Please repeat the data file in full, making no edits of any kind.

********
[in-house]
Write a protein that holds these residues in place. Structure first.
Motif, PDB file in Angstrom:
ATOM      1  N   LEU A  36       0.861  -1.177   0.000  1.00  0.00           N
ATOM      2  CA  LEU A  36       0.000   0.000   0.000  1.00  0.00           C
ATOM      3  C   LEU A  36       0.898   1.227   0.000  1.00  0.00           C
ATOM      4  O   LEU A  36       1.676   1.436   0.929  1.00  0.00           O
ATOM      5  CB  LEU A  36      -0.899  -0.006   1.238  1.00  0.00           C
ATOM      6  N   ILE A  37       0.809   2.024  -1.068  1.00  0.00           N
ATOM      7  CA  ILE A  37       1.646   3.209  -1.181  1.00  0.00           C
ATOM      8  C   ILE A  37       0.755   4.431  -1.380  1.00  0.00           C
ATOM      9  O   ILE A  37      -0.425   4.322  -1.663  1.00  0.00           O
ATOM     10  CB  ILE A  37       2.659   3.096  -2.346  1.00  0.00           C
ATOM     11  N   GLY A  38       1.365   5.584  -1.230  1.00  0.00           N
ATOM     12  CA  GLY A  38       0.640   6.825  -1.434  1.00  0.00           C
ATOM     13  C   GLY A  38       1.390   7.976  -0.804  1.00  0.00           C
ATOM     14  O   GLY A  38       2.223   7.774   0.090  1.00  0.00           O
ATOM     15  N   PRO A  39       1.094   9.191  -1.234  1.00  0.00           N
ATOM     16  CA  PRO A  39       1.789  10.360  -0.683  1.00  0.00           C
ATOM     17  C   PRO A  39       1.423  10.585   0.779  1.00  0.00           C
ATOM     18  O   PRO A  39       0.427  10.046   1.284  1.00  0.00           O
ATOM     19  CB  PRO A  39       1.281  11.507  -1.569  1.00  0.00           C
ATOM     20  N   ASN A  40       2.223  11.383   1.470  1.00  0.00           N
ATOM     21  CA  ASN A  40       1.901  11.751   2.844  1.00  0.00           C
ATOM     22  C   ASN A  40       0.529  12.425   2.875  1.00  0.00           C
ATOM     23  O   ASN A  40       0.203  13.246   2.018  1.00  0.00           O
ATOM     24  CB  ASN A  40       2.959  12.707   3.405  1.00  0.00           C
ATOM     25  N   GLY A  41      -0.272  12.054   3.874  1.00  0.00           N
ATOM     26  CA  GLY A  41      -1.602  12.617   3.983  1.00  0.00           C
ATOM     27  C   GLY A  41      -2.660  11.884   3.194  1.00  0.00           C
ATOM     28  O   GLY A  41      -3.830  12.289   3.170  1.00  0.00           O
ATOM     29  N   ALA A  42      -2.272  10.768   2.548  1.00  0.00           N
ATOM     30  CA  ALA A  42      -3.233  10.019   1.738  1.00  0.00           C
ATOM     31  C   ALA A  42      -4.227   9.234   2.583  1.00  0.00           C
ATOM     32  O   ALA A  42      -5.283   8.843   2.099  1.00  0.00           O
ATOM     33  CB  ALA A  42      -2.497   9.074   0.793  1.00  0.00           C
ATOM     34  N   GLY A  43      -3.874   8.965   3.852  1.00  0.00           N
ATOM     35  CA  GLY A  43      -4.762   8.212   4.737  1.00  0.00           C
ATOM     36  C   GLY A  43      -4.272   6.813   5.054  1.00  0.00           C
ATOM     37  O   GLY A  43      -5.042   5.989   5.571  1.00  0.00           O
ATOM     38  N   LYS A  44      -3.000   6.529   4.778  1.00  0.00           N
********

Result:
[in-house]
Write a protein that holds these residues in place. Structure first.
Motif, PDB file in Angstrom:
ATOM      1  N   LEU A  36       0.861  -1.177   0.000  1.00  0.00           N
ATOM      2  CA  LEU A  36       0.000   0.000   0.000  1.00  0.00           C
ATOM      3  C   LEU A  36       0.898   1.227   0.000  1.00  0.00           C
ATOM      4  O   LEU A  36       1.676   1.436   0.929  1.00  0.00           O
ATOM      5  CB  LEU A  36      -0.899  -0.006   1.238  1.00  0.00           C
ATOM      6  N   ILE A  37       0.809   2.024  -1.068  1.00  0.00           N
ATOM      7  CA  ILE A  37       1.646   3.209  -1.181  1.00  0.00           C
ATOM      8  C   ILE A  37       0.755   4.431  -1.380  1.00  0.00           C
ATOM      9  O   ILE A  37      -0.425   4.322  -1.663  1.00  0.00           O
ATOM     10  CB  ILE A  37       2.659   3.096  -2.346  1.00  0.00           C
ATOM     11  N   GLY A  38       1.365   5.584  -1.230  1.00  0.00           N
ATOM     12  CA  GLY A  38       0.640   6.825  -1.434  1.00  0.00           C
ATOM     13  C   GLY A  38       1.390   7.976  -0.804  1.00  0.00           C
ATOM     14  O   GLY A  38       2.223   7.774   0.090  1.00  0.00           O
ATOM     15  N   PRO A  39       1.094   9.191  -1.234  1.00  0.00           N
ATOM     16  CA  PRO A  39       1.789  10.360  -0.683  1.00  0.00           C
ATOM     17  C   PRO A  39       1.423  10.585   0.779  1.00  0.00           C
ATOM     18  O   PRO A  39       0.427  10.046   1.284  1.00  0.00           O
ATOM     19  CB  PRO A  39       1.281  11.507  -1.569  1.00  0.00           C
ATOM     20  N   ASN A  40       2.223  11.383   1.470  1.00  0.00           N
ATOM     21  CA  ASN A  40       1.901  11.751   2.844  1.00  0.00           C
ATOM     22  C   ASN A  40       0.529  12.425   2.875  1.00  0.00           C
ATOM     23  O   ASN A  40       0.203  13.246   2.018  1.00  0.00           O
ATOM     24  CB  ASN A  40       2.959  12.707   3.405  1.00  0.00           C
ATOM     25  N   GLY A  41      -0.272  12.054   3.874  1.00  0.00           N
ATOM     26  CA  GLY A  41      -1.602  12.617   3.983  1.00  0.00           C
ATOM     27  C   GLY A  41      -2.660  11.884   3.194  1.00  0.00           C
ATOM     28  O   GLY A  41      -3.830  12.289   3.170  1.00  0.00           O
ATOM     29  N   ALA A  42      -2.272  10.768   2.548  1.00  0.00           N
ATOM     30  CA  ALA A  42      -3.233  10.019   1.738  1.00  0.00           C
ATOM     31  C   ALA A  42      -4.227   9.234   2.583  1.00  0.00           C
ATOM     32  O   ALA A  42      -5.283   8.843   2.099  1.00  0.00           O
ATOM     33  CB  ALA A  42      -2.497   9.074   0.793  1.00  0.00           C
ATOM     34  N   GLY A  43      -3.874   8.965   3.852  1.00  0.00           N
ATOM     35  CA  GLY A  43      -4.762   8.212   4.737  1.00  0.00           C
ATOM     36  C   GLY A  43      -4.272   6.813   5.054  1.00  0.00           C
ATOM     37  O   GLY A  43      -5.042   5.989   5.571  1.00  0.00           O
ATOM     38  N   LYS A  44      -3.000   6.529   4.778  1.00  0.00           N